The release of audio allegedly showing Los Angeles Clippers owner Donald Sterling making racist remarks to a girlfriend has outraged NBA players who are now questioning whether Sterling deserves to be a team owner.
Sacramento Mayor Kevin Johnson, chairman of the National Basketball Players Association, and a former NBA All-Star, said on "CBS This Morning," "(The players) do not feel that he represents this family, this NBA family. It's a really strong sentiment right now. I think the players' emotions went from stunned to outraged to now saying we want to be less emotional, but we want swift action, and now I think players are at the point of thinking whether or not this person is fit to be an NBA owner, and that's certainly on their minds."
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Johnson said the Clippers players -- who staged a silent protest Sunday, wearing black bands and socks and turning their warm-ups inside out and throwing them at half-court -- want "aggressive action."
"What the players feel very strongly is that they want to make sure that the most severe sanctions that are allowable under the NBA guidelines are...taking place," he said. "The players want to know what those sanctions are. Certainly it's got to be a stiff fine. Certainly it's got to be a suspension. ... The players are saying...they want the most severe penalty. They want to see what that looks like."
Clippers star Chris Paul, who is also the Players Association president, reached out to Johnson and said they need to be aggressive, according to Johnson, adding that they want him as mayor of Sacramento to aid in navigating the process.
Paul also told Johnson they're going to "band together as brothers in this locker room to go out and play for our fans, to play for each other."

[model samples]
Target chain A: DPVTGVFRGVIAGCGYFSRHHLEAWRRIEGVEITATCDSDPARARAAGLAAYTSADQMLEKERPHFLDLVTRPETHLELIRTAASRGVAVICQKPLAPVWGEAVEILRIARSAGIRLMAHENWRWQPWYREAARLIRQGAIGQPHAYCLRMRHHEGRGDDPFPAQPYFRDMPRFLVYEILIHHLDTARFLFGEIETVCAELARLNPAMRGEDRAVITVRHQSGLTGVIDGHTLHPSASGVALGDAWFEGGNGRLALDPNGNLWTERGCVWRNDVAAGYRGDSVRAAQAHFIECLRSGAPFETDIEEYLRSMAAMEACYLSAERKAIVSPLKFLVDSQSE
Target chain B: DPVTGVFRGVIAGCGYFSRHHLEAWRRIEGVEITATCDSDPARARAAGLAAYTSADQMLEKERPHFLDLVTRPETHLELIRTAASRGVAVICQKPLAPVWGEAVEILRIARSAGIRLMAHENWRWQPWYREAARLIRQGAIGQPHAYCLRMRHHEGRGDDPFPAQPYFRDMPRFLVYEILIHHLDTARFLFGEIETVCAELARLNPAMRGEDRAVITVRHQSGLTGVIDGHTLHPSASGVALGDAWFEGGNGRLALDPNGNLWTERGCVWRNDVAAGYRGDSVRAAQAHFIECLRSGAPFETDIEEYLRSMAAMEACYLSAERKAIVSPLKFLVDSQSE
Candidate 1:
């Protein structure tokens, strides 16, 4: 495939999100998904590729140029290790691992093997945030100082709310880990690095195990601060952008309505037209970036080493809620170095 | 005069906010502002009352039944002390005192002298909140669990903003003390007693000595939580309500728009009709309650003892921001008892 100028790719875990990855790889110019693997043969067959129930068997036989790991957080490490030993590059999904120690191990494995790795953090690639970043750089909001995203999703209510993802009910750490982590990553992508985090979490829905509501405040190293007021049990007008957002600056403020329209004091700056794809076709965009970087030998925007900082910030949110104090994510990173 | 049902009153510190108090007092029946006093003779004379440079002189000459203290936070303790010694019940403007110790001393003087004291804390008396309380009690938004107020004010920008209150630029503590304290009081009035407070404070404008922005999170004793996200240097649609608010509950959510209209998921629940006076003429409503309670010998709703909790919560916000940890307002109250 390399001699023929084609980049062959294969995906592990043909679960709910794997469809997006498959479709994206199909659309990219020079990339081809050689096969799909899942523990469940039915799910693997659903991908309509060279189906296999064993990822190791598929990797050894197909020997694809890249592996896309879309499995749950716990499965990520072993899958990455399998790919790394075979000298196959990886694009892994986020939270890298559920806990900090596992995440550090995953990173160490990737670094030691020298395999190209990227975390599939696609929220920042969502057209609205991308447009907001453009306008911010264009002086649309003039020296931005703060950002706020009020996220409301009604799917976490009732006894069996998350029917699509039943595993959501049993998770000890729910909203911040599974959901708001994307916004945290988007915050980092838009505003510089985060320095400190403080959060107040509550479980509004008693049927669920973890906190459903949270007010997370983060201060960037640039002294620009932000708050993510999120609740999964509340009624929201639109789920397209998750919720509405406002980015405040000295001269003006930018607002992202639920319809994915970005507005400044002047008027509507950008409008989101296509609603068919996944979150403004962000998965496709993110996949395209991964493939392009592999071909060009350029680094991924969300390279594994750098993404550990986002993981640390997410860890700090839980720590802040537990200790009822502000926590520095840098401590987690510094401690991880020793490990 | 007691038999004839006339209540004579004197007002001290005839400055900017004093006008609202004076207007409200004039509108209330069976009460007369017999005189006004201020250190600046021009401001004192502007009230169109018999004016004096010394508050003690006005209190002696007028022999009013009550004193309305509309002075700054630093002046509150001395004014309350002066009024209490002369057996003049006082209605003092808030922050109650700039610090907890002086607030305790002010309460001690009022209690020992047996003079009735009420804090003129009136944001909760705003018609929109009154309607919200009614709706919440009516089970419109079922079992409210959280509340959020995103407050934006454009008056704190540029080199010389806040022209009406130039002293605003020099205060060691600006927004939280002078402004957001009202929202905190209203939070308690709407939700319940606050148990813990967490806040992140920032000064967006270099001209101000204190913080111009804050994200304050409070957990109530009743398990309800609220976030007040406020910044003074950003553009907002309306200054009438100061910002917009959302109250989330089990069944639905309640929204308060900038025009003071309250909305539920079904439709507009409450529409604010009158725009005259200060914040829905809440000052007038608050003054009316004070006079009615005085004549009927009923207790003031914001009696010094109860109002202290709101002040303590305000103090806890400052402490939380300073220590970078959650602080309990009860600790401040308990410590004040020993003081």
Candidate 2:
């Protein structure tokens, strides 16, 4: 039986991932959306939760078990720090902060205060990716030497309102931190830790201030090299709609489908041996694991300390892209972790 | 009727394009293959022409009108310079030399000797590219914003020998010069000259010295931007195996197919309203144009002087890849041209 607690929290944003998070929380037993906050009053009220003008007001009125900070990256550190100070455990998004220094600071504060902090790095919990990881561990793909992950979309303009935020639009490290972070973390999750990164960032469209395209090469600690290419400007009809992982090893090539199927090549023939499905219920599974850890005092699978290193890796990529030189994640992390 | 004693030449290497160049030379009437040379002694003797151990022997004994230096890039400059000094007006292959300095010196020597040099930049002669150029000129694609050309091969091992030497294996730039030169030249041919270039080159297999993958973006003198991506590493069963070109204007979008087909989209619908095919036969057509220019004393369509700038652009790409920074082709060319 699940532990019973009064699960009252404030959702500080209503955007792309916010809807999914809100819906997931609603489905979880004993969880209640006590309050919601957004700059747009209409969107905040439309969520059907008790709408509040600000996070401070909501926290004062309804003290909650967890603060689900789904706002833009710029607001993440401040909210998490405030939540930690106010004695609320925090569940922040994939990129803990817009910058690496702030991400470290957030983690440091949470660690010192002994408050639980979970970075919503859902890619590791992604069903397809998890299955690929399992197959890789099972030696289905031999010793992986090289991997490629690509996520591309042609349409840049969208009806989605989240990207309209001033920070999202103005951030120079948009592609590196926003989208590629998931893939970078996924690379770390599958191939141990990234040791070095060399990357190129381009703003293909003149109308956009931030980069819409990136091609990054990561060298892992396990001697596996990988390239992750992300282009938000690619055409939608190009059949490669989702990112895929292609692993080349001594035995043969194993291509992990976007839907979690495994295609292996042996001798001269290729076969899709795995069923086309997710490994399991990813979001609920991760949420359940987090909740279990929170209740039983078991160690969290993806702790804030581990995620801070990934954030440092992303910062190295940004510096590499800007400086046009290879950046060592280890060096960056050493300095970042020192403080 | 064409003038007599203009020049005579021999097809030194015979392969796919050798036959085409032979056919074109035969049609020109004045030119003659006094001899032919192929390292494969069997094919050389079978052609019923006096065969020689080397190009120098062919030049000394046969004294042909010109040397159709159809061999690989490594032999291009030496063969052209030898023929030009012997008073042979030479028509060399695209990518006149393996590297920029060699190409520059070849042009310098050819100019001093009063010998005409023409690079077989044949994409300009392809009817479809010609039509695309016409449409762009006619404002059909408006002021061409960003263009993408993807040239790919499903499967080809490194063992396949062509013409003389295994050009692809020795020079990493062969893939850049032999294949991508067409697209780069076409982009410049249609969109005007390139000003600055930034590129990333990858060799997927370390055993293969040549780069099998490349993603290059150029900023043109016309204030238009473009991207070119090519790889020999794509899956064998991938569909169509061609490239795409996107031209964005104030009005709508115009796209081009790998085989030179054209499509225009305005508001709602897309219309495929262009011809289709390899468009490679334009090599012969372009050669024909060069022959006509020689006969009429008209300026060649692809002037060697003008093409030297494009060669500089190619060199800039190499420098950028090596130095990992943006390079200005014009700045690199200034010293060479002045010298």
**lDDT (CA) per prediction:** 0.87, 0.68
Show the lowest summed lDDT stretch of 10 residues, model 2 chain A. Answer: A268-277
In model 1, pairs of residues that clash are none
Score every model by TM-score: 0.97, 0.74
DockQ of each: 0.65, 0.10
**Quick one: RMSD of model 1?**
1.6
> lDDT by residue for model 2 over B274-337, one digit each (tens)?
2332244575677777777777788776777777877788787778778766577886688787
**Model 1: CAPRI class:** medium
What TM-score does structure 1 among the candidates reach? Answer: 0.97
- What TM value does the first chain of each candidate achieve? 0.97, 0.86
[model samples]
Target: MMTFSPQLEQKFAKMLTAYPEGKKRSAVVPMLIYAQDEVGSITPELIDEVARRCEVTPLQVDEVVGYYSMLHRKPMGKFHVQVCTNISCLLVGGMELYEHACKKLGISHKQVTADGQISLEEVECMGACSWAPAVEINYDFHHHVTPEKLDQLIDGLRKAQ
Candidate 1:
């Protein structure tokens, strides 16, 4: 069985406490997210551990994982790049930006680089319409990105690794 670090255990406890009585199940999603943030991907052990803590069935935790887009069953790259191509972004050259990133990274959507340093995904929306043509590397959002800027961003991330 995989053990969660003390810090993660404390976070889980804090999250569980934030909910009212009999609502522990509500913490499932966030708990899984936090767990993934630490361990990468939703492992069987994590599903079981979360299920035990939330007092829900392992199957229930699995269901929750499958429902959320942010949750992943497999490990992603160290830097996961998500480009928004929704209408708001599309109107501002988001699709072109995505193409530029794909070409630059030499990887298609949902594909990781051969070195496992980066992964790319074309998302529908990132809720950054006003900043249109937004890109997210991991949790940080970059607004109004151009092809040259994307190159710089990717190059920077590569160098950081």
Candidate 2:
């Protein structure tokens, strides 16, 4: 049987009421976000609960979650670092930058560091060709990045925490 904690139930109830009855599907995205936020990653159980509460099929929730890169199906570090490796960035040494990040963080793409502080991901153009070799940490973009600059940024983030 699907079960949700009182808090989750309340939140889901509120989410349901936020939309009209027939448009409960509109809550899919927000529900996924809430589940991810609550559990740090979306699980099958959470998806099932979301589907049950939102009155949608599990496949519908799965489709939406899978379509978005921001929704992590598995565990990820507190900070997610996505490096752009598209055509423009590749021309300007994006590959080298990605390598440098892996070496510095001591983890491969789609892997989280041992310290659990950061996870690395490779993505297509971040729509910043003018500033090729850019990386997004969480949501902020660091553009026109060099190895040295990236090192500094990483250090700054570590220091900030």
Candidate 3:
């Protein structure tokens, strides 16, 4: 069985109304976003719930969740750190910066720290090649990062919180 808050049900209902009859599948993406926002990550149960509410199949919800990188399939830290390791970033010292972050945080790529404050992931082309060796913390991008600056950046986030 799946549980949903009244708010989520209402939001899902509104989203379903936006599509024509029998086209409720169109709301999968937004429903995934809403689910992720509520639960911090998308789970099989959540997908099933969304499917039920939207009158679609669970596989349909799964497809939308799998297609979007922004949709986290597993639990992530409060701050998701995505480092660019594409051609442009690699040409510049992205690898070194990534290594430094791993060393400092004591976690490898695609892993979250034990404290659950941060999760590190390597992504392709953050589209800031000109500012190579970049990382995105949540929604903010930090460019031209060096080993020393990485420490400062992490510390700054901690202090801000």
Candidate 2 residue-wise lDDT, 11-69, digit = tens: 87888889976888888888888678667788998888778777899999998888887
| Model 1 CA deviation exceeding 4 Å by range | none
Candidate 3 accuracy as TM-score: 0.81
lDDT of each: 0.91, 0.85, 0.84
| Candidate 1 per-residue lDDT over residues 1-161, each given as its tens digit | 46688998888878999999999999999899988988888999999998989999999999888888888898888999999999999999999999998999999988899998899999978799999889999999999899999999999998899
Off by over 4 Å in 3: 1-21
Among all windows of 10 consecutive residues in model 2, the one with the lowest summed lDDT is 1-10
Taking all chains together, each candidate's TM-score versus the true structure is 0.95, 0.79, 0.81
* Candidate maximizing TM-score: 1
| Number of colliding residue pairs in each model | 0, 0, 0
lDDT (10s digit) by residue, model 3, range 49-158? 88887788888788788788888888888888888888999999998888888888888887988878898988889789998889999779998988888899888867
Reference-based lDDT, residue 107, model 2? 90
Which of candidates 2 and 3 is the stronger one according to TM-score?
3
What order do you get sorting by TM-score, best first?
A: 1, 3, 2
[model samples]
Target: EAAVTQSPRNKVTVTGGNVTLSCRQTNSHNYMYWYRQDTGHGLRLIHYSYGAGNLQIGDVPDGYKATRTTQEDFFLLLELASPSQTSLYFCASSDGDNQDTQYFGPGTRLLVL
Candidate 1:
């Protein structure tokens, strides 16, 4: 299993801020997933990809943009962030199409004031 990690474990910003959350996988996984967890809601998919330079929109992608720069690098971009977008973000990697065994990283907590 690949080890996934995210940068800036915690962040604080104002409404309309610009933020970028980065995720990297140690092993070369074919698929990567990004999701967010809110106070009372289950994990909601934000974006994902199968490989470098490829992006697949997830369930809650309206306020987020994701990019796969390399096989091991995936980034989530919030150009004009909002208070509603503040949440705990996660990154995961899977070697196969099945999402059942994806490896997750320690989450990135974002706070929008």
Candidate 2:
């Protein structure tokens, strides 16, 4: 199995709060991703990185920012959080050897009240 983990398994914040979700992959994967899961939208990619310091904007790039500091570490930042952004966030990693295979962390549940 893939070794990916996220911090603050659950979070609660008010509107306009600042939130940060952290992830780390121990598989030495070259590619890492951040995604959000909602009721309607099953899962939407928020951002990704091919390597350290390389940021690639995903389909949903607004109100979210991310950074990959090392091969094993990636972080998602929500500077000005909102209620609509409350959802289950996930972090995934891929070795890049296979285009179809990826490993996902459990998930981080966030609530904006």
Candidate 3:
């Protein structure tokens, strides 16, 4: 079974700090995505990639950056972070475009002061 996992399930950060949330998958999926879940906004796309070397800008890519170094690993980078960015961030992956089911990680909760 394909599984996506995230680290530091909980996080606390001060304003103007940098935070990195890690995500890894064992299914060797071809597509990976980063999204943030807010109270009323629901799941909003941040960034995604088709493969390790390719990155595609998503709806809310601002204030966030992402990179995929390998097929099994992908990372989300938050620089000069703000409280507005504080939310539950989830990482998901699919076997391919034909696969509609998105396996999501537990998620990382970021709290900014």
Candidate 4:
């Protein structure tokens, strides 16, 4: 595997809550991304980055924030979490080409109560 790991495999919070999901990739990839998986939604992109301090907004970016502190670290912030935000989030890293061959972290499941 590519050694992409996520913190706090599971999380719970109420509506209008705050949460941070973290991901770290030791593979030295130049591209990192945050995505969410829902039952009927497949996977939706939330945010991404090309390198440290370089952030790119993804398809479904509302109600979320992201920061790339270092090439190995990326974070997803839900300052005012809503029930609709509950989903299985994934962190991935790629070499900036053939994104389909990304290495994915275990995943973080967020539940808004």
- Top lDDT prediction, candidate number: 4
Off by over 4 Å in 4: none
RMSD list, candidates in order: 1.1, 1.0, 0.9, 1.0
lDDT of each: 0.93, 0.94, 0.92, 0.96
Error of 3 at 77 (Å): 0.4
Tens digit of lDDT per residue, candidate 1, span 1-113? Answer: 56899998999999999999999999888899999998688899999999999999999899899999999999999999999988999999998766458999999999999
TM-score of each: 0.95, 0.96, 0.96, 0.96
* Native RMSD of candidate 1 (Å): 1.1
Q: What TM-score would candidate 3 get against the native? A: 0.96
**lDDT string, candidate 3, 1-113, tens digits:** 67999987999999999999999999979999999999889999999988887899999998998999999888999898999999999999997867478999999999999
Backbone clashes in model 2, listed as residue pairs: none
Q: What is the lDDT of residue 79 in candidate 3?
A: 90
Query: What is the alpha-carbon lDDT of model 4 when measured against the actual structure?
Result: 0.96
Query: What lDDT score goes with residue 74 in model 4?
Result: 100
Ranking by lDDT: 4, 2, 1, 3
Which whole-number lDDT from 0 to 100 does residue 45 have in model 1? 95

Continuing to work for the Clippers is a "very difficult question" for Clippers Head Coach Doc Rivers as well, Johnson said.
"(He's) an African-American head coach, he's saying to himself, 'Can I coach for this owner going forward?' Certainly every player that plays for the Clippers right now is trying to figure out what that means," Johnson said. "They want to focus right now on winning playoff games. They don't want this to be a distraction, to be a dark cloud that overshadows this unbelievable playoff that we're all experiencing. (The players' protest) is an example where you see players that are saying, 'We are not going to be passive participants. We want to weigh in and we want to be involved in the future of this league and certainly in a decision that will go down as it relates to Mr. Sterling."
the investigation will focus on authenticating the audio, originally obtained by TMZ, and "to make sure that Mr. Sterling is getting due process."
Pressed on reported accounts that people turned a blind eye to Sterling's behavior in the past -- and whether that is an accurate assessment -- Johnson said, "I don't think that's the case, but one of the questions and concerns for the players, and they had me share this with Commissioner Silver yesterday was, if he has a history of these types of actions, why was he not sanctioned or why weren't there significant consequences in the past? And that's something the players want to know."I will tell you this, going forward, there will be no player current or in the future...that will make a decision on whether or not they want to play for the L.A. Clippers without knowing who this owner is," Johnson said. "And I think that's very significant and this is where Commissioner Silver is going to have to weigh in, in my opinion, forcefully and quickly."